Monday, December 26, 2011
The Lighter Side of Dark Matters: Dilemma for a Midwestern Man from Beijing.
China is my birthplace and the place of my childhood. I have not, and perhaps never will, shed the rosy glasses I have seeing my people as a proud and powerful nation rich in history and capable of great things. I must believe in all things good in their strength, it is a necessary choice I make.
You see my dilemma. I must live a contradiction and make something of it.
My dilemma seems to magnify with the recent economic turbulences and China’s new aggressive “soft” strategies around the world. For a people of much humility, China’s new emergence in global politics and economic participations draws criticism from lack of transparency and understanding of the Chinese culture and politics. All these things make my Christmas dinner conversations complicated and incomplete. The best I can do is assuring people that China has noble intentions in its sovereign wealth investments and has a limited experience as a free people under the autocratic rule of the Communist Party; it therefore must make its decisions to the best it can and adopt to the international norm as steady as it can to internally accommodate one-fifth of the world’s population with 10% still living below poverty.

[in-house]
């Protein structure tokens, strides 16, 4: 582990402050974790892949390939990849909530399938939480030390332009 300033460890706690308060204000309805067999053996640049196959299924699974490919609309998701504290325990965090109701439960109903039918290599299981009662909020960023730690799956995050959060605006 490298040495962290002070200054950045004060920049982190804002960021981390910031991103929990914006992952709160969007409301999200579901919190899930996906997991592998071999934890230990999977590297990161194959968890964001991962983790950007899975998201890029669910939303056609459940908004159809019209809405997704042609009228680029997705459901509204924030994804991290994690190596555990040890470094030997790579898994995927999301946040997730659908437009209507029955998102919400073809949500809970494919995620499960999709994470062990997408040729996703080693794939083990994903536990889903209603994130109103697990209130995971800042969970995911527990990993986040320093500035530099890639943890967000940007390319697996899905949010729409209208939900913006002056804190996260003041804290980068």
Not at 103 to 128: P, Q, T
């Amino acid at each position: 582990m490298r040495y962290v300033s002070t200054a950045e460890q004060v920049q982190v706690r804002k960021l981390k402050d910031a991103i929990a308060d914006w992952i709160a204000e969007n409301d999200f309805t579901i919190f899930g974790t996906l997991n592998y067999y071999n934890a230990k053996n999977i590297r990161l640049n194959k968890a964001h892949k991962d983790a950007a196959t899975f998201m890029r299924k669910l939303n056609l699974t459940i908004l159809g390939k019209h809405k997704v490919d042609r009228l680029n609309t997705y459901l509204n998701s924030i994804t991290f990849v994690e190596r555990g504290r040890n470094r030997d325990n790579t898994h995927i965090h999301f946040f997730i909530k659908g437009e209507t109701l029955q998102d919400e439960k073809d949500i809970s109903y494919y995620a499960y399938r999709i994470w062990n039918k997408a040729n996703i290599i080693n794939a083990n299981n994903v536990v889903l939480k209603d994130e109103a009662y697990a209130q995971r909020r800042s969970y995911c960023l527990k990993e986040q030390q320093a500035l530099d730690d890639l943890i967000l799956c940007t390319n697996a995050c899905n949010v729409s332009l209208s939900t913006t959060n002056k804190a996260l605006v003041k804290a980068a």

With the recent tumbles of European and American markets, I sense China has a distinct advantage and opportunity to reserve its humility in pride and power. With its conservative fiscal policies, its huge sovereign wealth reserves marks China an enticing investor to bailout our irresponsible bankers. Yet China, more recently, is also attempting to upgrade its economy in sustainable ways and lift more people out of poverty while balancing its sustainable growth with environmental, social, and public health impacts. This makes it a great potential for U.S. businesses to offer assistance in that upgrade and leverage profits from an emerging consumer middle class that is taking hold in China’s new free market economy.
Things, however, are not always as simply as they seem to be. China may have the wealth and power to invest and draw investors, leverage aggressive central policies to shift its focus from pure GDP growth, and entice sustainable growth across the board; it does not have the contemporary experience to govern by “rule of law.” The remains of China’s imperial past still lives on, its rule of law often misinterpreted as “rule by law” either intentionally by those in power or as consequences of ignorance of the people.
This makes U.S. cooperation difficult. While we wish to assist with China’s market upgrades and stand to benefit from China’s investments, we fear China’s lassie fair styles and unhindered intentions to strip U.S. companies of their intellectual properties and resources. We fear China will place our welfare after its own and we fear that we stand to lose on the deal. Regardless of how much China wants to assure us of their progress in “rule of law,” we fear the uncertainties and the visibly invisible Chinese autocratic decision making entity—the Communist Party.